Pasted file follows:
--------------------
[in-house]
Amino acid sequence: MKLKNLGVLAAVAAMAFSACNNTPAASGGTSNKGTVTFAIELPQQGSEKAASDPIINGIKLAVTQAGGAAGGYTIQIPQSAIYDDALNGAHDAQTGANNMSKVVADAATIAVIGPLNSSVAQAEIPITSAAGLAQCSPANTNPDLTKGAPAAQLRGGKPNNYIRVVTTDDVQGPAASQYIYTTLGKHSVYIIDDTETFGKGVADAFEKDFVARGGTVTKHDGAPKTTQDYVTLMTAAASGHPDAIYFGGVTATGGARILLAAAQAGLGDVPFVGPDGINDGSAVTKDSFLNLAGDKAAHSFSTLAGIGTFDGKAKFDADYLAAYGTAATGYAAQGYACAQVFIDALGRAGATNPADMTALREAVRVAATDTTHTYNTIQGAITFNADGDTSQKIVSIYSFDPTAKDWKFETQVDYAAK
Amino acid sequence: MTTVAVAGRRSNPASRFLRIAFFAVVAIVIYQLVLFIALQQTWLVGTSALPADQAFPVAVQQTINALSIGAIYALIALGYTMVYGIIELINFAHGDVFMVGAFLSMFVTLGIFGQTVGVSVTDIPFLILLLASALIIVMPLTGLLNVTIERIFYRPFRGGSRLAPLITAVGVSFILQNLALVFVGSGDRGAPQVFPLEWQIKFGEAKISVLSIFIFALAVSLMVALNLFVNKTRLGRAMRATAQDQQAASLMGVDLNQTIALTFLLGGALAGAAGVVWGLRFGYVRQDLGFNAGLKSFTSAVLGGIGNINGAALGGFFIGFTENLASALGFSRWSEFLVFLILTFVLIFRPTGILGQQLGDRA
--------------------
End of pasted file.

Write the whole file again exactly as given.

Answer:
[in-house]
Amino acid sequence: MKLKNLGVLAAVAAMAFSACNNTPAASGGTSNKGTVTFAIELPQQGSEKAASDPIINGIKLAVTQAGGAAGGYTIQIPQSAIYDDALNGAHDAQTGANNMSKVVADAATIAVIGPLNSSVAQAEIPITSAAGLAQCSPANTNPDLTKGAPAAQLRGGKPNNYIRVVTTDDVQGPAASQYIYTTLGKHSVYIIDDTETFGKGVADAFEKDFVARGGTVTKHDGAPKTTQDYVTLMTAAASGHPDAIYFGGVTATGGARILLAAAQAGLGDVPFVGPDGINDGSAVTKDSFLNLAGDKAAHSFSTLAGIGTFDGKAKFDADYLAAYGTAATGYAAQGYACAQVFIDALGRAGATNPADMTALREAVRVAATDTTHTYNTIQGAITFNADGDTSQKIVSIYSFDPTAKDWKFETQVDYAAK
Amino acid sequence: MTTVAVAGRRSNPASRFLRIAFFAVVAIVIYQLVLFIALQQTWLVGTSALPADQAFPVAVQQTINALSIGAIYALIALGYTMVYGIIELINFAHGDVFMVGAFLSMFVTLGIFGQTVGVSVTDIPFLILLLASALIIVMPLTGLLNVTIERIFYRPFRGGSRLAPLITAVGVSFILQNLALVFVGSGDRGAPQVFPLEWQIKFGEAKISVLSIFIFALAVSLMVALNLFVNKTRLGRAMRATAQDQQAASLMGVDLNQTIALTFLLGGALAGAAGVVWGLRFGYVRQDLGFNAGLKSFTSAVLGGIGNINGAALGGFFIGFTENLASALGFSRWSEFLVFLILTFVLIFRPTGILGQQLGDRA